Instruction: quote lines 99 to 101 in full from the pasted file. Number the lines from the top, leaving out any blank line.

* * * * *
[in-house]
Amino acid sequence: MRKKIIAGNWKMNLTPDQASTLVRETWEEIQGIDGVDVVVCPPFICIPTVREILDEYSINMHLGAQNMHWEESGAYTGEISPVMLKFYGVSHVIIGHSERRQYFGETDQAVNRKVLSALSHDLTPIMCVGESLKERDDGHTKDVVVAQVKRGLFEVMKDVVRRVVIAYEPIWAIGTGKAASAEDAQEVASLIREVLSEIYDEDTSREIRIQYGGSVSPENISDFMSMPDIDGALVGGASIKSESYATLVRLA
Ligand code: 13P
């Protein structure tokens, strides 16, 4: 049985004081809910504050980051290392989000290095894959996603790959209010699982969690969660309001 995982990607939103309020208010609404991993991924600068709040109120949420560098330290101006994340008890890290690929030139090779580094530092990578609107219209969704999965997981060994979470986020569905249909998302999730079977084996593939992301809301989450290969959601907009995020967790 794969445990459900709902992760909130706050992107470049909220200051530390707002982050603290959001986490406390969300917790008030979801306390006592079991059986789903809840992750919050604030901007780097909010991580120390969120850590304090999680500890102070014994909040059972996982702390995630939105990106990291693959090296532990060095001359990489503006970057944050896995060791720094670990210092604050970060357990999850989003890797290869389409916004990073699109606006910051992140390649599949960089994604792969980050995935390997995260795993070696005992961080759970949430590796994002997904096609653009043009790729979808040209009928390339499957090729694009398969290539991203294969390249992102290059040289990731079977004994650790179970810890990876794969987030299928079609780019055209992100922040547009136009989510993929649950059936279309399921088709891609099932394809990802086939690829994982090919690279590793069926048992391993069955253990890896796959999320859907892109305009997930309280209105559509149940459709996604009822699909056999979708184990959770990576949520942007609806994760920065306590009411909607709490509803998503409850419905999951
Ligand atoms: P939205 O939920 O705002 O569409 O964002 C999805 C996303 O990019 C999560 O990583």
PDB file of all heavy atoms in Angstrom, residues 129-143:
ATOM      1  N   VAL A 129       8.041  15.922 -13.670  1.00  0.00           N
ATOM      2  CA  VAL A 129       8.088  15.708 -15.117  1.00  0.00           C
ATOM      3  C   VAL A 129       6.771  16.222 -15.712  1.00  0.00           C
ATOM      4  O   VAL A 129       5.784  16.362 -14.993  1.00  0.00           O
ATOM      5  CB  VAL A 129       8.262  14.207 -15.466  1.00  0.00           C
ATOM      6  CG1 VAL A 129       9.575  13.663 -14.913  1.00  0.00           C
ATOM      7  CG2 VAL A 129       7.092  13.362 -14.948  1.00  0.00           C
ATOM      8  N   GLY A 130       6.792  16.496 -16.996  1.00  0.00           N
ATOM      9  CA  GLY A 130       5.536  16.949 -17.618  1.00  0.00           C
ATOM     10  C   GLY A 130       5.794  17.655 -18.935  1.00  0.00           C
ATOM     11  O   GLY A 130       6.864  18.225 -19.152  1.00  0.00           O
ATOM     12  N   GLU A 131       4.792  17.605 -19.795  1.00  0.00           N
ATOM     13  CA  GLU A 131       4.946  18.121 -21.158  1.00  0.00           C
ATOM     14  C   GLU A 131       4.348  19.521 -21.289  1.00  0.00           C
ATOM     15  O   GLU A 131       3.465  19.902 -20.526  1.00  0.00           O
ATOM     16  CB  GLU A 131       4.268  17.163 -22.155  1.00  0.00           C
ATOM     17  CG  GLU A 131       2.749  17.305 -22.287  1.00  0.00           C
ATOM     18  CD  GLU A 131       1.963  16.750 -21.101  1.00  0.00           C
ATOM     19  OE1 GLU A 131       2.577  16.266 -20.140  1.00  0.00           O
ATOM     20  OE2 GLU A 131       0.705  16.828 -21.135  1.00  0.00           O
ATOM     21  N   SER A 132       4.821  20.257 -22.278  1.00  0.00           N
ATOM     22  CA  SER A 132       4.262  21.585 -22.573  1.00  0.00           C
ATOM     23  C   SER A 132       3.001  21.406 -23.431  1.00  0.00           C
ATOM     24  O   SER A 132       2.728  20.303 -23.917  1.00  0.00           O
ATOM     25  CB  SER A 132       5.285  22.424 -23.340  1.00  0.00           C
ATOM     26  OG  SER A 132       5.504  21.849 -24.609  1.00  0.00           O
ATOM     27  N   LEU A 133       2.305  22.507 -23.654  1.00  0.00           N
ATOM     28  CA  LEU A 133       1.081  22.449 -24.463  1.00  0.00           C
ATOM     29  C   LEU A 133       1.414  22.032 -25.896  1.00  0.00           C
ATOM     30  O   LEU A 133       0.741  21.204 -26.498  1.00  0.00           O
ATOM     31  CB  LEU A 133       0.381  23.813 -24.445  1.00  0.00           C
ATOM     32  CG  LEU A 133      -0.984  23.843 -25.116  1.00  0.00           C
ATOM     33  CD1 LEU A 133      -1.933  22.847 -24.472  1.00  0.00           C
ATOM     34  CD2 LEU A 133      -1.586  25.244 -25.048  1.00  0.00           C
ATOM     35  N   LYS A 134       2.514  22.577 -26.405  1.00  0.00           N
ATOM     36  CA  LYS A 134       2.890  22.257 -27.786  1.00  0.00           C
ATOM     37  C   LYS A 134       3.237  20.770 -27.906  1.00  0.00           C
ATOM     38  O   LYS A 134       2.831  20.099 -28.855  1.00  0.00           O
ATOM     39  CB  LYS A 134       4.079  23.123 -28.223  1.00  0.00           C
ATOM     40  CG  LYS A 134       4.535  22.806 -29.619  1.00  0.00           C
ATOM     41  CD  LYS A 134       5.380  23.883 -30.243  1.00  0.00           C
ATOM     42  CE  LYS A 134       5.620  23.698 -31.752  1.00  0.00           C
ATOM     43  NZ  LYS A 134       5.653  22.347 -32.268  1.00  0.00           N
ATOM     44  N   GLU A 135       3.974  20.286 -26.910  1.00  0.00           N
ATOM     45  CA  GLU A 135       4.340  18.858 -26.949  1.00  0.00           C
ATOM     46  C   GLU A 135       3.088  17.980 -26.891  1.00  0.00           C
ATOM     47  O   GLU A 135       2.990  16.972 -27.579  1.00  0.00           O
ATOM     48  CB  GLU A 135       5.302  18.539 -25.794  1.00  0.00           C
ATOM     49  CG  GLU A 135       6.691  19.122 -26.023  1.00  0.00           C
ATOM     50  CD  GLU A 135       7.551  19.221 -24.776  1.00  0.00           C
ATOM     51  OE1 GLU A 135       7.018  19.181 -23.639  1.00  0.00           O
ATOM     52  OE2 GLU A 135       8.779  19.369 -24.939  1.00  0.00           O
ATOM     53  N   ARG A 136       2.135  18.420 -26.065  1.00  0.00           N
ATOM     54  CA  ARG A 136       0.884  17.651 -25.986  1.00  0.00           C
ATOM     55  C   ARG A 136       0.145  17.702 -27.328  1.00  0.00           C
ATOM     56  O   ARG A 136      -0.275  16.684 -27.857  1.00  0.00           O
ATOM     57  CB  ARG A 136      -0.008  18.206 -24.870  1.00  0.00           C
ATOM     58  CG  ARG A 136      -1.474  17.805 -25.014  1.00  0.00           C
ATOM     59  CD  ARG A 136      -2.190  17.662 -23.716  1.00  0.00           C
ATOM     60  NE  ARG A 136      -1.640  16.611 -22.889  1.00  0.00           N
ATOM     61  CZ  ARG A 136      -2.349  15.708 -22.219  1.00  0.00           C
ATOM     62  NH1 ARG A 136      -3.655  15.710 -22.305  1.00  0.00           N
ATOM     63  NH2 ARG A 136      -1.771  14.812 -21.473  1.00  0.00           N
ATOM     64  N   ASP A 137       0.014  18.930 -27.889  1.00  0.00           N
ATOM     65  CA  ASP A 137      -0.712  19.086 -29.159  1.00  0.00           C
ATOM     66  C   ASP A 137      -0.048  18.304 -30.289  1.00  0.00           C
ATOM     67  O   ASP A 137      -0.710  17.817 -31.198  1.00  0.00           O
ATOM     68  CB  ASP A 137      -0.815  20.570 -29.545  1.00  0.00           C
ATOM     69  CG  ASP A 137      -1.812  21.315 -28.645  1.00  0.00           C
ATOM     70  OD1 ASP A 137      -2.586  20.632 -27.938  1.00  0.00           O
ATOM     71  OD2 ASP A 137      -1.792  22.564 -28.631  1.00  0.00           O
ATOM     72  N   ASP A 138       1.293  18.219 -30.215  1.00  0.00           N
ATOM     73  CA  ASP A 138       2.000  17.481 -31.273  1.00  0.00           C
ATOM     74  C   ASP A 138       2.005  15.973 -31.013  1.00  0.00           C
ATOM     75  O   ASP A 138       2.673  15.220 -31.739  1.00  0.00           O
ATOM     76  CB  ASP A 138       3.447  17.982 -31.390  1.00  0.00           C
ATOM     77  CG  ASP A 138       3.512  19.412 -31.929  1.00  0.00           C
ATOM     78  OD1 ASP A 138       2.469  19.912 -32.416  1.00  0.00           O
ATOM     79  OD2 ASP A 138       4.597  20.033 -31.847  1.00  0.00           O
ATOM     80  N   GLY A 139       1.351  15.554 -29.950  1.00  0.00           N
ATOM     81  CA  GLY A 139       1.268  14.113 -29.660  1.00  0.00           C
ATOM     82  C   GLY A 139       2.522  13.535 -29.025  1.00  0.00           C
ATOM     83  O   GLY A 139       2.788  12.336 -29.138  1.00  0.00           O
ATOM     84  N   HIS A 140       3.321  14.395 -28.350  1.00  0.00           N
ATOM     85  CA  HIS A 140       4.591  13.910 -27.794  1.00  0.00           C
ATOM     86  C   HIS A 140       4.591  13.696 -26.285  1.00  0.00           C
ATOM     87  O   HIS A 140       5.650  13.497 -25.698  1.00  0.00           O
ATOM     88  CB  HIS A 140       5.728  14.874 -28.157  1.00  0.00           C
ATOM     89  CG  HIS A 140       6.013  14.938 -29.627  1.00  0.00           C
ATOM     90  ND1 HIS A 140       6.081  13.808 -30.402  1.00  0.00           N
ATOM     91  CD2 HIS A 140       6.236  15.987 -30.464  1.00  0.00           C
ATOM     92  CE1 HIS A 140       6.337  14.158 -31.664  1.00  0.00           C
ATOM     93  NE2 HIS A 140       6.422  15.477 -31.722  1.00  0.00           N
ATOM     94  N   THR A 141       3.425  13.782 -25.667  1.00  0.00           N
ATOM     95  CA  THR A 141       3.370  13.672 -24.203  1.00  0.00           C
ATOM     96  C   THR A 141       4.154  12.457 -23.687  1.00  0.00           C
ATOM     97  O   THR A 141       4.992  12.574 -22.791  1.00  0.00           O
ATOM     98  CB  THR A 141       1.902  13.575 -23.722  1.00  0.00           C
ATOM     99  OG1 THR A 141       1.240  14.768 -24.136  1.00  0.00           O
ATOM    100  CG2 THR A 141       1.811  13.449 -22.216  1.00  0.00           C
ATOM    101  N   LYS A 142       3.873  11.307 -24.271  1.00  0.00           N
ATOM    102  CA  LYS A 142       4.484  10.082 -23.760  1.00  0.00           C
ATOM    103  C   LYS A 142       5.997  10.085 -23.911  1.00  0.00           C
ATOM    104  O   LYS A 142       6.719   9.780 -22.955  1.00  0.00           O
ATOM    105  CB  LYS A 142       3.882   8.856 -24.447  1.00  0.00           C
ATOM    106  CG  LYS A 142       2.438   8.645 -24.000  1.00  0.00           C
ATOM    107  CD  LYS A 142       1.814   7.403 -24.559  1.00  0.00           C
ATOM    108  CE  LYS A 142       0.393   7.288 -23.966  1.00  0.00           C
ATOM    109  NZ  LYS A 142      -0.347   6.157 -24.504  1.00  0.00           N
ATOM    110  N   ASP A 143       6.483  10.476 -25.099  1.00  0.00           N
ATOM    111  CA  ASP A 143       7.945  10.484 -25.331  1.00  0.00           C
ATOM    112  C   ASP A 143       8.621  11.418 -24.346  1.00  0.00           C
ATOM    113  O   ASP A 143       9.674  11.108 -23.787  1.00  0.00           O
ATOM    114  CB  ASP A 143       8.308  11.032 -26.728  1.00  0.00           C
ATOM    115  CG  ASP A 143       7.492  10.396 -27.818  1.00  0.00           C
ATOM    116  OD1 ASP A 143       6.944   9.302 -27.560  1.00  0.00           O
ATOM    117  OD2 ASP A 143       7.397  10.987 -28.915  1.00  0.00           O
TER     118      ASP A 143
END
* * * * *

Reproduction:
ATOM     93  NE2 HIS A 140       6.422  15.477 -31.722  1.00  0.00           N
ATOM     94  N   THR A 141       3.425  13.782 -25.667  1.00  0.00           N
ATOM     95  CA  THR A 141       3.370  13.672 -24.203  1.00  0.00           C